Food Hubs

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= central locations where goods and produce can be aggregated, processed and shared with consumers and institutions


By Wayne Roberts, Lori Stahlbrand:

"The food hub concept, which is gaining traction throughout North America, holds the solution to a problem that continues to bedevil the local food movement, and that is lack of infrastructure. How can local growers, farmers and artisans aggregate, process, market and share their goods? How can they get what they grow and produce from their fields and home kitchens to the consumer’s dining table and local institutions? Food hubs are the missing link in the local food chain.

But food hubs come in many shapes and sizes, and usually evolve in response to the size and needs of the community. On the one hand – in sharp contrast in terms of scale to the Palgrave and Everdale efforts – there’s Toronto’s FoodShare. The 28-year-old nonprofit organization offers programs in nutrition, school lunches, workshops, markets, food boxes and much more, reaching 155,000 children and adults in the city every month under the rubric of “good healthy food for all.” How food hubs will evolve in smaller rural communities like those in Caledon, Erin and Dufferin is difficult to predict. An exact definition of a food hub is hard to articulate, says Eat Local Caledon’s Karen Hutchinson. “We’re in the first generation and nobody knows where it’s going.” (



Interview by Darren Sharp:

"In Australia Food Hubs exist at all shapes and sizes – they are essentially intermediaries that facilitate access to local food. It’s about getting food from local farmers to local people. So as a customer you get access to food from a bunch of local farmers that you can identify through radical transparency.

Food Hubs are community-led, ethically-driven and accountable to the people they serve. It’s about putting power over the food system back into the hands of the community and local farmers. It could be anything from a buyers’ group, to a large warehouse or regional produce player.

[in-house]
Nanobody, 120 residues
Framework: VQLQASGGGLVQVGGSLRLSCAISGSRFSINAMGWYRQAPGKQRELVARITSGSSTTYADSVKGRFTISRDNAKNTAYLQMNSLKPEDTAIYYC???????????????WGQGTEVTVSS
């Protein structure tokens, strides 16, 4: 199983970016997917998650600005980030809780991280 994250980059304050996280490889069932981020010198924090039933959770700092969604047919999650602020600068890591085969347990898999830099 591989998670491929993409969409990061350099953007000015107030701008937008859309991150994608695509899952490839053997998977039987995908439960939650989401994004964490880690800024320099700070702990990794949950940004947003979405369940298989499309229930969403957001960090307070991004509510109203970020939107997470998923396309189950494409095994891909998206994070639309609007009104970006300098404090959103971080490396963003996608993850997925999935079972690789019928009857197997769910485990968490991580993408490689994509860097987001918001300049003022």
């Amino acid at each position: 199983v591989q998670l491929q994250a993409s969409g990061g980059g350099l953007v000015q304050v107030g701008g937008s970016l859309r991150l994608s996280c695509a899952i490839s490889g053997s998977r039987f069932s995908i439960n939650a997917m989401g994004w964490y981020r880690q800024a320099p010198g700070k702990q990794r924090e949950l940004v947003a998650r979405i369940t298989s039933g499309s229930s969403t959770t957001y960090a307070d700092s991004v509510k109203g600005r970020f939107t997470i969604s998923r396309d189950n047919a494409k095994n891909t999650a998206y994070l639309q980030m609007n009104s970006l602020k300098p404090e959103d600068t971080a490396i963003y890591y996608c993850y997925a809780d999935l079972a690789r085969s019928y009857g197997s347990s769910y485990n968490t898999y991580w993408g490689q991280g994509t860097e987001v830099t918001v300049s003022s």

We want lots of these Food Hubs to emerge so we can get distributed activity occurring to provide alternatives for the community and challenge the mainstream food industry. The Open Food Network is addressing this by developing tools and software that makes it easier to connect farmers, food hubs and the community.

The first thing we’re trying to do is develop flexible tools as everyone will come up with slightly different solutions and business models depending on their local context. The next part of it lies in the power of networks. We see the opportunity for farmers to be linked by multiple Food Hubs, which is part of how you open up the marketplace.

By lowering the cost of connecting and transacting you’re actually giving power back to the farmers. In terms of governance, the farmer and the customer gets to choose who they want to do business with and have a stake in. By reducing the barriers to entry we’re hoping to see more diverse options emerge in the food system.

People often ask us how we will ‘control’ who uses the system. We don’t want to take on an ‘accreditation’ task – we do want it to be easier for people to choose who they trade with and buy through based on information and recommendations from others. Eventually we’re hoping to get to the point of having peer-to-peer recommendations. So it’s not the software’s responsibility to ‘accredit’ that information but rather to support a transparent way for businesses to build up reputation through relationships." (